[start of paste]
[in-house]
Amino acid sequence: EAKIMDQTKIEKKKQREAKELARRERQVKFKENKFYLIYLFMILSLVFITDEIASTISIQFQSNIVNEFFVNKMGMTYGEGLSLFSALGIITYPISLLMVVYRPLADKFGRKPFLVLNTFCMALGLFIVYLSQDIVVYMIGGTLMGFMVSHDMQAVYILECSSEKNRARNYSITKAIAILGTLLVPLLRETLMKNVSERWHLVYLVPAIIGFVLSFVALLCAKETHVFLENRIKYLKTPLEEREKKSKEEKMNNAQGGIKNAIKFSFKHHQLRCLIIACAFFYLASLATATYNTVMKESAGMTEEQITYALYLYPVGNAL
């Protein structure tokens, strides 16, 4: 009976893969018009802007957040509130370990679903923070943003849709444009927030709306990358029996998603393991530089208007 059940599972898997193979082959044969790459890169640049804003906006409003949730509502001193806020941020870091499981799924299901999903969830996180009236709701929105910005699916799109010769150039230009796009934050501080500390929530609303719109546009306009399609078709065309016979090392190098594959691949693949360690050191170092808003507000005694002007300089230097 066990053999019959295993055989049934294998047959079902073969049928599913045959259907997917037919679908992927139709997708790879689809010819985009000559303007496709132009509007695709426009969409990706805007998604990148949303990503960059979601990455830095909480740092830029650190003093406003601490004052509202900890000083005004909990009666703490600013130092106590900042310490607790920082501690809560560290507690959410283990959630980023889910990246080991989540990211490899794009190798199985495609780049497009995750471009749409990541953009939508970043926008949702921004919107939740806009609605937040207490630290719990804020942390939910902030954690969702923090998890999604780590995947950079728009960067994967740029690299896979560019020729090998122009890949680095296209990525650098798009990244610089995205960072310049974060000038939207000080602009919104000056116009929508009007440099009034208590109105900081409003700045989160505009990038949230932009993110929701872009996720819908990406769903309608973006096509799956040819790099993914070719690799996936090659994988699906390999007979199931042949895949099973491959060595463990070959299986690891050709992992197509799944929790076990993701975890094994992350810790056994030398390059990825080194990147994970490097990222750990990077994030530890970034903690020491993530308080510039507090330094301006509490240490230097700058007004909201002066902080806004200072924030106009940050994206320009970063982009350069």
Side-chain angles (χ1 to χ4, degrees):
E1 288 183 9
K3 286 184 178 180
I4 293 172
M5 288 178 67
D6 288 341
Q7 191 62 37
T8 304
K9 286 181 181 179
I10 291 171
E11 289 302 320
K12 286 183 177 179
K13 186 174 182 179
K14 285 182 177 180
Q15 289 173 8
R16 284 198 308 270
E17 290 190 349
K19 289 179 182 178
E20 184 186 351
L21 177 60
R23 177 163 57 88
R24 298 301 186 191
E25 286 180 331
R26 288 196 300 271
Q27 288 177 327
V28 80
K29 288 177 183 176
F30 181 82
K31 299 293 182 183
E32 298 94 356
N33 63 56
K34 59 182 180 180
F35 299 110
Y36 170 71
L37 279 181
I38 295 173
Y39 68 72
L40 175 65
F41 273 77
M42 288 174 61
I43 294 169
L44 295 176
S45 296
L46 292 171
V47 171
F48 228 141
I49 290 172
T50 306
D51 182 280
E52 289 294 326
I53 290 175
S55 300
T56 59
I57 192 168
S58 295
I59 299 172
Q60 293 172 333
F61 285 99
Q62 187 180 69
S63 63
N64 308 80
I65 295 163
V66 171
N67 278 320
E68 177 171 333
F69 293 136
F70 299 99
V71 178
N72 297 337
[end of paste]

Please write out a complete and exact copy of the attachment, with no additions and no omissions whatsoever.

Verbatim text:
[in-house]
Amino acid sequence: EAKIMDQTKIEKKKQREAKELARRERQVKFKENKFYLIYLFMILSLVFITDEIASTISIQFQSNIVNEFFVNKMGMTYGEGLSLFSALGIITYPISLLMVVYRPLADKFGRKPFLVLNTFCMALGLFIVYLSQDIVVYMIGGTLMGFMVSHDMQAVYILECSSEKNRARNYSITKAIAILGTLLVPLLRETLMKNVSERWHLVYLVPAIIGFVLSFVALLCAKETHVFLENRIKYLKTPLEEREKKSKEEKMNNAQGGIKNAIKFSFKHHQLRCLIIACAFFYLASLATATYNTVMKESAGMTEEQITYALYLYPVGNAL
């Protein structure tokens, strides 16, 4: 009976893969018009802007957040509130370990679903923070943003849709444009927030709306990358029996998603393991530089208007 059940599972898997193979082959044969790459890169640049804003906006409003949730509502001193806020941020870091499981799924299901999903969830996180009236709701929105910005699916799109010769150039230009796009934050501080500390929530609303719109546009306009399609078709065309016979090392190098594959691949693949360690050191170092808003507000005694002007300089230097 066990053999019959295993055989049934294998047959079902073969049928599913045959259907997917037919679908992927139709997708790879689809010819985009000559303007496709132009509007695709426009969409990706805007998604990148949303990503960059979601990455830095909480740092830029650190003093406003601490004052509202900890000083005004909990009666703490600013130092106590900042310490607790920082501690809560560290507690959410283990959630980023889910990246080991989540990211490899794009190798199985495609780049497009995750471009749409990541953009939508970043926008949702921004919107939740806009609605937040207490630290719990804020942390939910902030954690969702923090998890999604780590995947950079728009960067994967740029690299896979560019020729090998122009890949680095296209990525650098798009990244610089995205960072310049974060000038939207000080602009919104000056116009929508009007440099009034208590109105900081409003700045989160505009990038949230932009993110929701872009996720819908990406769903309608973006096509799956040819790099993914070719690799996936090659994988699906390999007979199931042949895949099973491959060595463990070959299986690891050709992992197509799944929790076990993701975890094994992350810790056994030398390059990825080194990147994970490097990222750990990077994030530890970034903690020491993530308080510039507090330094301006509490240490230097700058007004909201002066902080806004200072924030106009940050994206320009970063982009350069």
Side-chain angles (χ1 to χ4, degrees):
E1 288 183 9
K3 286 184 178 180
I4 293 172
M5 288 178 67
D6 288 341
Q7 191 62 37
T8 304
K9 286 181 181 179
I10 291 171
E11 289 302 320
K12 286 183 177 179
K13 186 174 182 179
K14 285 182 177 180
Q15 289 173 8
R16 284 198 308 270
E17 290 190 349
K19 289 179 182 178
E20 184 186 351
L21 177 60
R23 177 163 57 88
R24 298 301 186 191
E25 286 180 331
R26 288 196 300 271
Q27 288 177 327
V28 80
K29 288 177 183 176
F30 181 82
K31 299 293 182 183
E32 298 94 356
N33 63 56
K34 59 182 180 180
F35 299 110
Y36 170 71
L37 279 181
I38 295 173
Y39 68 72
L40 175 65
F41 273 77
M42 288 174 61
I43 294 169
L44 295 176
S45 296
L46 292 171
V47 171
F48 228 141
I49 290 172
T50 306
D51 182 280
E52 289 294 326
I53 290 175
S55 300
T56 59
I57 192 168
S58 295
I59 299 172
Q60 293 172 333
F61 285 99
Q62 187 180 69
S63 63
N64 308 80
I65 295 163
V66 171
N67 278 320
E68 177 171 333
F69 293 136
F70 299 99
V71 178
N72 297 337